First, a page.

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Read the ORS links I provided!
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Old 19th Aug 2016, 21:14
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I did but they only seem to deal with class D and G airspace?
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Old 20th Aug 2016, 10:15
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The way I understood the rules were visibility 5km, 1500m vertical distance from clouds... but my theory is now quite a way back.....
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Old 20th Aug 2016, 10:56
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1500m vertical distance from clouds
So no VFR if the cloudbase is below 4950 feet? That should cut congestion down a bit...
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Old 20th Aug 2016, 21:47
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Originally Posted by ShyTorque View Post
So no VFR if the cloudbase is below 4950 feet? That should cut congestion down a bit...
sorry, should be horizontal distance - went flying and can no longer tell my up from down...... at least that's my excuse.... well, some aerobatic blighter was trying to teach me up is down, black is white and that my lunch really should be worn as an accessory on my shirt...... ;-)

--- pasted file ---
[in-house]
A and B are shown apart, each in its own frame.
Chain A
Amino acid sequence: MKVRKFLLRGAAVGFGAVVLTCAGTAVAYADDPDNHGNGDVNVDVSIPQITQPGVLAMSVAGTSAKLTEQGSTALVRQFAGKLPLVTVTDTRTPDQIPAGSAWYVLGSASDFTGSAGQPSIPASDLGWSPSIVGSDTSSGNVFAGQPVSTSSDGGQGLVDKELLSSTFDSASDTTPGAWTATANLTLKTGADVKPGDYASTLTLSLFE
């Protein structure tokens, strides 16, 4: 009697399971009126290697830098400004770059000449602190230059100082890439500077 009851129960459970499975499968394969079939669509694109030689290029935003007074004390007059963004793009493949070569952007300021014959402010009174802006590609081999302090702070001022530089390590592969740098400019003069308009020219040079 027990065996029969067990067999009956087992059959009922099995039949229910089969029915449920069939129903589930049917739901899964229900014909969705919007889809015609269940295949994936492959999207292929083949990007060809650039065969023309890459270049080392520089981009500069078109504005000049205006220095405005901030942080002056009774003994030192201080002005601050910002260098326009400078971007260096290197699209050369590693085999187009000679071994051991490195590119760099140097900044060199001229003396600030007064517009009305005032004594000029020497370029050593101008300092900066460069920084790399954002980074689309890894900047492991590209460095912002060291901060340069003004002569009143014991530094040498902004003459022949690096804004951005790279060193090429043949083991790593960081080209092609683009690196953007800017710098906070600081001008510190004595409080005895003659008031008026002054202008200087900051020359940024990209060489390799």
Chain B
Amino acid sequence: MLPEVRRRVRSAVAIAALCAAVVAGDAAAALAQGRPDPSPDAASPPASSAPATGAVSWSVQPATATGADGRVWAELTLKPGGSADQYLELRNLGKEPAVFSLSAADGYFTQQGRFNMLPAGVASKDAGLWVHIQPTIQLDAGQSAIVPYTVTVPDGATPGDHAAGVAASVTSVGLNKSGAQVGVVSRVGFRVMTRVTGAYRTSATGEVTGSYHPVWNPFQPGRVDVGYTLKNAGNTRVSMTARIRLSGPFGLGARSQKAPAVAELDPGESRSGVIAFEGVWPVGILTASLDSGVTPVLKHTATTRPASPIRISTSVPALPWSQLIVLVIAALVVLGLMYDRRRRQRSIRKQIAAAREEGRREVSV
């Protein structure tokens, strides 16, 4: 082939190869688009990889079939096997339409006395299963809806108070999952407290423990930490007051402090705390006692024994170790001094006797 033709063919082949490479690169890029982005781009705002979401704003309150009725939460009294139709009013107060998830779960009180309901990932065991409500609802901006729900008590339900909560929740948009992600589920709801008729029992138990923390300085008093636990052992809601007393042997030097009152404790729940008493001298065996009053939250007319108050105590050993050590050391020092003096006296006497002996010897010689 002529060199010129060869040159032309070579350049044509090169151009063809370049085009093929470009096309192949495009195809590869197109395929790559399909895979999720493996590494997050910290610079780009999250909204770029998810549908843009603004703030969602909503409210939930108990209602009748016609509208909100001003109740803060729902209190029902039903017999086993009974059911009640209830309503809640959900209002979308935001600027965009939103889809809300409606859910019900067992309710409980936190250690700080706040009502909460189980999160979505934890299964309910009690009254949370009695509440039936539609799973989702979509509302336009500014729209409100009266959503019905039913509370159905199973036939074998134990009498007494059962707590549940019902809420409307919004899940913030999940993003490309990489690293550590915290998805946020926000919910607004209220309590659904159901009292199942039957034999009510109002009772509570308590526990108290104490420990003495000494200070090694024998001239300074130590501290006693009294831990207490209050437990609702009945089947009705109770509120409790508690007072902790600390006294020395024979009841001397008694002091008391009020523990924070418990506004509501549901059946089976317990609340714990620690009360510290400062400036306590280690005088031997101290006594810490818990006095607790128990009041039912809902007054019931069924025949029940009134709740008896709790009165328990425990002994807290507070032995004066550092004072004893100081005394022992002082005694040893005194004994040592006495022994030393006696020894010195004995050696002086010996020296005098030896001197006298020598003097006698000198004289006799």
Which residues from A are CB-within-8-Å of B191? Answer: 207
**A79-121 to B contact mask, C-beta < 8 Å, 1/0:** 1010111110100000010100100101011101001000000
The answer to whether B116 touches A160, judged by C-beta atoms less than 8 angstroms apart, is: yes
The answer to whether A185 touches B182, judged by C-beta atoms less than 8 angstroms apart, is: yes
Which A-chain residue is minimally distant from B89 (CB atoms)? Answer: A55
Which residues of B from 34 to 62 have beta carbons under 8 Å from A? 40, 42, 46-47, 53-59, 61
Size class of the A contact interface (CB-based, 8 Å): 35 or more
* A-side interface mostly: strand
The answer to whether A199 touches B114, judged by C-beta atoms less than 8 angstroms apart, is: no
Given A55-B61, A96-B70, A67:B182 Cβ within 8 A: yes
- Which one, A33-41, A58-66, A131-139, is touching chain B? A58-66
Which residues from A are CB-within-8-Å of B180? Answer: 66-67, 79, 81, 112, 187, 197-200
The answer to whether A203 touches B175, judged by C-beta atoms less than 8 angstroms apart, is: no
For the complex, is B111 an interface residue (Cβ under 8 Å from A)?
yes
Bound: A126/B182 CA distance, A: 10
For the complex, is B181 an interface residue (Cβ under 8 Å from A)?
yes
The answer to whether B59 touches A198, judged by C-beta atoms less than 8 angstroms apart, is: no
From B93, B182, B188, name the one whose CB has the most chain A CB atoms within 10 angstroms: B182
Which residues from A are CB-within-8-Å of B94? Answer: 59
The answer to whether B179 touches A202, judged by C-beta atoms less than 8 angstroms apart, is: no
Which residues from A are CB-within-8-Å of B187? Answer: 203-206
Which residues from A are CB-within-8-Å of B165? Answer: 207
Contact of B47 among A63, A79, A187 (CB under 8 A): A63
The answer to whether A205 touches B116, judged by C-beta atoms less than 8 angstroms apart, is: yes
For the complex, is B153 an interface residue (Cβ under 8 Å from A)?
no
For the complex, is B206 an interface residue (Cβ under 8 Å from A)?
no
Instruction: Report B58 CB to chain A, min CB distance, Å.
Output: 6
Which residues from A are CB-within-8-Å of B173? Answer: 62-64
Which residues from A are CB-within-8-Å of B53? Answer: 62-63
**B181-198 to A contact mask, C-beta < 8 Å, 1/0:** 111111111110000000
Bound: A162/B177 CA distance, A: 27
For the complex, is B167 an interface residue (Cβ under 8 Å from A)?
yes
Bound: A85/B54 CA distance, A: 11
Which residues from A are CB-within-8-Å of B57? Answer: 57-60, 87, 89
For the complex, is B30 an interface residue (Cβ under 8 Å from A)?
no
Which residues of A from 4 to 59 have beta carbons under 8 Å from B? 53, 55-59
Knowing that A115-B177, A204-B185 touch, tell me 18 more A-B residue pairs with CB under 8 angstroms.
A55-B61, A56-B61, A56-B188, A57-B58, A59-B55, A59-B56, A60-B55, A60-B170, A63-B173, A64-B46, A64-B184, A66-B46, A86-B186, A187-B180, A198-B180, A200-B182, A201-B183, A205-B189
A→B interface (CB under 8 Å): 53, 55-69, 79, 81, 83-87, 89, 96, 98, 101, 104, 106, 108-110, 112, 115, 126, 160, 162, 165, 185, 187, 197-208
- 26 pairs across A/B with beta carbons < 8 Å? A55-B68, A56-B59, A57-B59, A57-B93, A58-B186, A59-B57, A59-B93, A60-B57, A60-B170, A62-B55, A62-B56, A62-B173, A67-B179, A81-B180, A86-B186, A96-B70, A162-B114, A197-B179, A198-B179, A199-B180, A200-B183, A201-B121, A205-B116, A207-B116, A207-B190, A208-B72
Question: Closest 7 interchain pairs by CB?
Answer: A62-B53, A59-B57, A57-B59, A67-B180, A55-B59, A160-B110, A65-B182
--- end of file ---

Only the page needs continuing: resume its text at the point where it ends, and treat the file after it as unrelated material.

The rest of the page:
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Old 22nd Aug 2016, 21:49
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Originally Posted by evansb
Yes, oddly, ground visibility in Canadian METARs are reported in statute miles, yet flight planning and distances on charts is in nautical miles. Elevations on charts are indicated in feet, yet Canada has officially been metric since 1975. What a country!
New Zealand isn't much different:

Altitude: Feet
Elevation: Feet
Visibility: Metres/Kilometres
VFR reporting: Nautical Miles (e.g. "ABC is X miles from the airfield")
Temperature: Celsius
Atmo Pressure: QNH
Runway length: Metres
Weight/Balance: Kilograms

I would do airspeed but I've flown in NZ registered aircraft with knots, mph and km/h on the ASI. Fuel is measured in litres but some of the weight and balance calculations are done in pounds so converting litres to fuel pounds then to kilograms is a pain in the .

Apologies for the thread drift.
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Old 23rd Aug 2016, 11:42
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"A factor which seems to have been overlooked by legislators is a 140 kt IAS with a 40 kt tail wind, (not uncommon), your ground speed will be around 180 kts. i.e. 3 miles per minute."

Won't this mean the clouds are moving at the same speed as you and therefore it won't affect the time to spot other aircraft? Not sure groundspeed is relevant?
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Old 23rd Aug 2016, 12:47
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Not sure groundspeed is relevant?
It is with regard to obstacles.